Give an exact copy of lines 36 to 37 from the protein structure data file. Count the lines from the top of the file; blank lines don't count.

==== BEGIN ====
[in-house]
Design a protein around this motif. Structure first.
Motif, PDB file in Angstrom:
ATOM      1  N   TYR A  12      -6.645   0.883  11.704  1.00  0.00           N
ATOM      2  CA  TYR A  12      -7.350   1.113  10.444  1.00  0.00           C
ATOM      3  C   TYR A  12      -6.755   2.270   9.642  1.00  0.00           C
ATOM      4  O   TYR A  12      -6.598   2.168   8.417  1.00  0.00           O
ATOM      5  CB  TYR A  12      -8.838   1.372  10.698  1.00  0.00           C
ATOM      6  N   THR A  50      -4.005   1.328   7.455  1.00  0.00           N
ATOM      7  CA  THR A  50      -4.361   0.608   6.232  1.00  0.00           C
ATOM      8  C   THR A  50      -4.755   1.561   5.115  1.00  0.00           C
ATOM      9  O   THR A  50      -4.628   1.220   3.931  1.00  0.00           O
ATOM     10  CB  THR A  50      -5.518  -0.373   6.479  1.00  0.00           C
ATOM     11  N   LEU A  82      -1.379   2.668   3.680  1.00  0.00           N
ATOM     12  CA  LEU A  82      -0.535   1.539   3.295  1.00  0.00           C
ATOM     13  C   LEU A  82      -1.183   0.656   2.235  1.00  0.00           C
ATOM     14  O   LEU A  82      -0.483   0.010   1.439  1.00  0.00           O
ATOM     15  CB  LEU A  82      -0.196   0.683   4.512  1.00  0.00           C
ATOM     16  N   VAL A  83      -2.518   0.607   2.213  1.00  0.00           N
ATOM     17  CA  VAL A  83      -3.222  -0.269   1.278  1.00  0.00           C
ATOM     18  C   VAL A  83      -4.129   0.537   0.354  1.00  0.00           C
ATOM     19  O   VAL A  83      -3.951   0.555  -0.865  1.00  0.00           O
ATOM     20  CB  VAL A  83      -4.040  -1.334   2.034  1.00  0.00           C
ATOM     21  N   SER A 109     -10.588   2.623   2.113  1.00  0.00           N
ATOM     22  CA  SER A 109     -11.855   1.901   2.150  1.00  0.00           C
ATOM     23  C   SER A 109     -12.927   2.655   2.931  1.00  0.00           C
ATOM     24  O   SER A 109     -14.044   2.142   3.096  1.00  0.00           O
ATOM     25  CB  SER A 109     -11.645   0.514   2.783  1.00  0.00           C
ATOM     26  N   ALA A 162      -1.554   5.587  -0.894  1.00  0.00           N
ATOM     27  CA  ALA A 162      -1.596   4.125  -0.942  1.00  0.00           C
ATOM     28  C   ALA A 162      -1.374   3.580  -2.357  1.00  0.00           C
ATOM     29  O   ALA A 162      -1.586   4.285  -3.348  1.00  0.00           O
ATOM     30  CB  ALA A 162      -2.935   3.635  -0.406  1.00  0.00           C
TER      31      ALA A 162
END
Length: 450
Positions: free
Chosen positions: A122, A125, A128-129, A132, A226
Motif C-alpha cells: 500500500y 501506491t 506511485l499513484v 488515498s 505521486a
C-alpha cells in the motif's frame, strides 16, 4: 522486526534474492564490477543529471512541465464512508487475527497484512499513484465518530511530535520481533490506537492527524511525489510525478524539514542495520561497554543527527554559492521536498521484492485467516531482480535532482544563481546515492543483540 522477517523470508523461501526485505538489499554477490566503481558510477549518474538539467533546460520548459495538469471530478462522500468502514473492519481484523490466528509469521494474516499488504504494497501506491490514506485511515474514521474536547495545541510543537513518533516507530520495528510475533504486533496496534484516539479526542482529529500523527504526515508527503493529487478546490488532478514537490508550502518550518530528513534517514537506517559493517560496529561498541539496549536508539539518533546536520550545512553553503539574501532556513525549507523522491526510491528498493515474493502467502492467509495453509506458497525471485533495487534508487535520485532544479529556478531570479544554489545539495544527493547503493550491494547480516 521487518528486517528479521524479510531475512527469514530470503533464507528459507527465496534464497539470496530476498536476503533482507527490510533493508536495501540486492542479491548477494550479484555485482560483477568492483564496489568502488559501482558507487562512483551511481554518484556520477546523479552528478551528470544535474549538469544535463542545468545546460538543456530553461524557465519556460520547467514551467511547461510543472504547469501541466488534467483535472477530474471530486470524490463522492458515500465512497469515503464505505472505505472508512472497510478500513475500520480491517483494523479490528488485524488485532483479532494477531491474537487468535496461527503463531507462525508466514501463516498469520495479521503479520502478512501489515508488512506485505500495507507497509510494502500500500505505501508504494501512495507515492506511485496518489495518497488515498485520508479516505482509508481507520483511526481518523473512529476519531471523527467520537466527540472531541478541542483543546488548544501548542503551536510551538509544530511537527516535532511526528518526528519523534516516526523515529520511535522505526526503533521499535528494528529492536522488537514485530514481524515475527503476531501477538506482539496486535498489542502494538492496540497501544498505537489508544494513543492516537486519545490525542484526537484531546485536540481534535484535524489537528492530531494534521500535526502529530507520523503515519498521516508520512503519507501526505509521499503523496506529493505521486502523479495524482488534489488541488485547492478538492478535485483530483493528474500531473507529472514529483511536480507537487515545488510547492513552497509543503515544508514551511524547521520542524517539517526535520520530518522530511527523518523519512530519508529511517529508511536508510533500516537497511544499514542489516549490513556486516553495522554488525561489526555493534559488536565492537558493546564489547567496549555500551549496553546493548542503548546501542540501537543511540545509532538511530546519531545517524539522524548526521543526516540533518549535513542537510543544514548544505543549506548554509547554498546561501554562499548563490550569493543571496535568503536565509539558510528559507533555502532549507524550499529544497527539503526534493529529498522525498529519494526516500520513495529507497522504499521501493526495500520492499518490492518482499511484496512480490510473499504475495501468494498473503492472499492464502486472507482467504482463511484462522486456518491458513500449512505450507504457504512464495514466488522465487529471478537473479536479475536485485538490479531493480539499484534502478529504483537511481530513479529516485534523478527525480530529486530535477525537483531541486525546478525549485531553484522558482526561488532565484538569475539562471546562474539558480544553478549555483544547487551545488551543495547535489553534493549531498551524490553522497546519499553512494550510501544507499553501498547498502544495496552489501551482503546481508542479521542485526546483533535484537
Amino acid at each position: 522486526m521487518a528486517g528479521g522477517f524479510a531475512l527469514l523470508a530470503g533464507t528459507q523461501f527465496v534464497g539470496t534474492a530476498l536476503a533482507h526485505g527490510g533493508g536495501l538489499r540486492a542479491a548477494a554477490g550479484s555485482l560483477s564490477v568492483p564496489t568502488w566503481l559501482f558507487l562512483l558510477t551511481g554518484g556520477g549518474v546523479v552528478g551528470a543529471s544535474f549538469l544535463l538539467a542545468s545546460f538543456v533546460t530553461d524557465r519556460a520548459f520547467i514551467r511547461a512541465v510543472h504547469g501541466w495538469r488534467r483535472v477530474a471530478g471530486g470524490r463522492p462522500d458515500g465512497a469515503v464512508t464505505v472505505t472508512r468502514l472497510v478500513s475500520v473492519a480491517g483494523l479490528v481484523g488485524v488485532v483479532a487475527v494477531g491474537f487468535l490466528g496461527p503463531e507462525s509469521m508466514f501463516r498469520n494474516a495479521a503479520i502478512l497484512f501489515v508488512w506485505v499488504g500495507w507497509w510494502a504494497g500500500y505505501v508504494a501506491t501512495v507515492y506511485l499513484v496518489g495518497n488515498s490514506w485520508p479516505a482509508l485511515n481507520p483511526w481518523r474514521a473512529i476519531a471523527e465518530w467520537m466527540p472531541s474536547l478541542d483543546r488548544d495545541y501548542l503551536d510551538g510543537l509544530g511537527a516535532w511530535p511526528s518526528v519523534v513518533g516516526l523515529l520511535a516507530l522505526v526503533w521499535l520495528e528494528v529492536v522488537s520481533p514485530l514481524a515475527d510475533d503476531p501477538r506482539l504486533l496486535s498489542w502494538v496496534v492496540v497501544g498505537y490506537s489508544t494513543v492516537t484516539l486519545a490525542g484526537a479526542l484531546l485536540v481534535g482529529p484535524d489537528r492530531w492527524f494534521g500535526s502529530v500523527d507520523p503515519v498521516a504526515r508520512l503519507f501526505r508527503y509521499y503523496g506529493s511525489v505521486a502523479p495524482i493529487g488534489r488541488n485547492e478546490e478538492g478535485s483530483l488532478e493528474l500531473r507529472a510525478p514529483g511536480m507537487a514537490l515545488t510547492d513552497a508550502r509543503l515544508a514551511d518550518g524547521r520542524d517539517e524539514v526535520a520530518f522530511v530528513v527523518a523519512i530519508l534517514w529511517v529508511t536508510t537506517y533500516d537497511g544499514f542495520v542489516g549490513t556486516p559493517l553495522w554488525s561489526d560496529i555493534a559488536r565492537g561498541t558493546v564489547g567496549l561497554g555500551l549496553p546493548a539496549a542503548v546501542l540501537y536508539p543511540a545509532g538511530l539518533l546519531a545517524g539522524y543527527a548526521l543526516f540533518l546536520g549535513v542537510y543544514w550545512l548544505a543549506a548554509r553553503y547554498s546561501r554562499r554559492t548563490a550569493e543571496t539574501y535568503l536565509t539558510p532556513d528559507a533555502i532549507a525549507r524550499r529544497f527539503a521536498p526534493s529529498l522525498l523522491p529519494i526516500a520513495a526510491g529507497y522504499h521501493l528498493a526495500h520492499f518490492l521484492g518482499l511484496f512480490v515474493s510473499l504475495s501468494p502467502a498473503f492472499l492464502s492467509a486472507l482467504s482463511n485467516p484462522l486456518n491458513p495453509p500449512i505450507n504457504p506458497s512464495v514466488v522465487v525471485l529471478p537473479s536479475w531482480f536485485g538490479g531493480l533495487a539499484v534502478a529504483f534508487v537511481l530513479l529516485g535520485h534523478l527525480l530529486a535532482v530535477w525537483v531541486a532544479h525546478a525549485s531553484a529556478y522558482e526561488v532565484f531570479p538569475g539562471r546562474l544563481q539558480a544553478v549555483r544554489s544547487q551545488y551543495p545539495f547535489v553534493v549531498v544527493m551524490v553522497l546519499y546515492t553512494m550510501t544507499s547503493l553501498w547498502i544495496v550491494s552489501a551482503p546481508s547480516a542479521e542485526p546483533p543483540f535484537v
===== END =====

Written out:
Length: 450
Positions: free